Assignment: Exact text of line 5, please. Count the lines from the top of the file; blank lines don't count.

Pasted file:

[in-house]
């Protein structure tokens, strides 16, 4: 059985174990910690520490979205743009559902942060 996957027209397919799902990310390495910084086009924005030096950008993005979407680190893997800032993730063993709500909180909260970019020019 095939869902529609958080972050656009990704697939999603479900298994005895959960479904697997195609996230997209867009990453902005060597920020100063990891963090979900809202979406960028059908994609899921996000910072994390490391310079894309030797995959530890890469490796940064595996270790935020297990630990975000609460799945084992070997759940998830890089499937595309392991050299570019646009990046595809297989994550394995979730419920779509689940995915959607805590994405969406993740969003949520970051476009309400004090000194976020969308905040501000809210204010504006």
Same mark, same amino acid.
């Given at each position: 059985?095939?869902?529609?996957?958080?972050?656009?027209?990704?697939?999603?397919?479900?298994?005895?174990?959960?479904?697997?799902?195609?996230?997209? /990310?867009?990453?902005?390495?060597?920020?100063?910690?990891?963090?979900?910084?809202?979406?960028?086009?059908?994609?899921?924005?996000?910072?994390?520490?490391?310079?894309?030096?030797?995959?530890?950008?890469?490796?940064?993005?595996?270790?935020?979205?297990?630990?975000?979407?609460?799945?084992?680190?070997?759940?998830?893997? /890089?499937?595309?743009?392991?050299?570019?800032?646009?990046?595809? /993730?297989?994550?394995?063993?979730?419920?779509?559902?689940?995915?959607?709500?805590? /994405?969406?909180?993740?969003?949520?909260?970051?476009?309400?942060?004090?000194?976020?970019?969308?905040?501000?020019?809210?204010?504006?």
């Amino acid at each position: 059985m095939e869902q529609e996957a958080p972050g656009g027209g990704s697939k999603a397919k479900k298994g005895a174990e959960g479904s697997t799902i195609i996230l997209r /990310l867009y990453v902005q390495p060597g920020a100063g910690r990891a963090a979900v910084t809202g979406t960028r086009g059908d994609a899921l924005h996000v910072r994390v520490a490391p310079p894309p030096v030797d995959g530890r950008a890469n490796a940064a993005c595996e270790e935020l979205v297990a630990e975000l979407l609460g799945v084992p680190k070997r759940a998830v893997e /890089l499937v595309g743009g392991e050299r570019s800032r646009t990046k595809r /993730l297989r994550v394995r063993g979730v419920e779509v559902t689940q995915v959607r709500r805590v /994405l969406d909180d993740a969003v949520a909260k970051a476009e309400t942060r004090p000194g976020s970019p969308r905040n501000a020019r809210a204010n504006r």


């Amino acid at each position: 059985m095939e869902q529609e996957a958080p972050g656009g027209g990704s697939k999603a397919k479900k298994g005895a174990e959960g479904s697997t799902i195609i996230l997209r /990310l867009y990453v902005q390495p060597g920020a100063g910690r990891a963090a979900v910084t809202g979406t960028r086009g059908d994609a899921l924005h996000v910072r994390v520490a490391p310079p894309p030096v030797d995959g530890r950008a890469n490796a940064a993005c595996e270790e935020l979205v297990a630990e975000l979407l609460g799945v084992p680190k070997r759940a998830v893997e /890089l499937v595309g743009g392991e050299r570019s800032r646009t990046k595809r /993730l297989r994550v394995r063993g979730v419920e779509v559902t689940q995915v959607r709500r805590v /994405l969406d909180d993740a969003v949520a909260k970051a476009e309400t942060r004090p000194g976020s970019p969308r905040n501000a020019r809210a204010n504006r």